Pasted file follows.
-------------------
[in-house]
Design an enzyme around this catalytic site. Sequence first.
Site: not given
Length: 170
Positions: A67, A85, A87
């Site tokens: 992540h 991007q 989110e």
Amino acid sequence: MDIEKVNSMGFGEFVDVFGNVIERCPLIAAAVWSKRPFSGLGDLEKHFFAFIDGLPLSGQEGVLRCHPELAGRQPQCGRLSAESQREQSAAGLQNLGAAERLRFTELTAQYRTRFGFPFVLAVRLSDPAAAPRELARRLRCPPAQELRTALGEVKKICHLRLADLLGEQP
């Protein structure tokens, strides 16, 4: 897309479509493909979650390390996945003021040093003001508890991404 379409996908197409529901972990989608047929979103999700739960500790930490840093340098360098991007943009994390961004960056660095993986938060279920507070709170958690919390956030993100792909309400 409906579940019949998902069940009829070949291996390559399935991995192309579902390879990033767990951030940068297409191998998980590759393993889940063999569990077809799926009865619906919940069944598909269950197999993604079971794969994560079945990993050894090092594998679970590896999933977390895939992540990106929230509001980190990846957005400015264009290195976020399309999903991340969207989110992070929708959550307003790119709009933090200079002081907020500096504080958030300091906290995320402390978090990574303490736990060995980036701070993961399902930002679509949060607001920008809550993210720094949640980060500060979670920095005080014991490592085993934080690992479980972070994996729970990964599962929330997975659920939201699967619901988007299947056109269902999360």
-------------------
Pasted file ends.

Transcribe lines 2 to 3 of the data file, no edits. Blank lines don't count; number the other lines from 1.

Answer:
Design an enzyme around this catalytic site. Sequence first.
Site: not given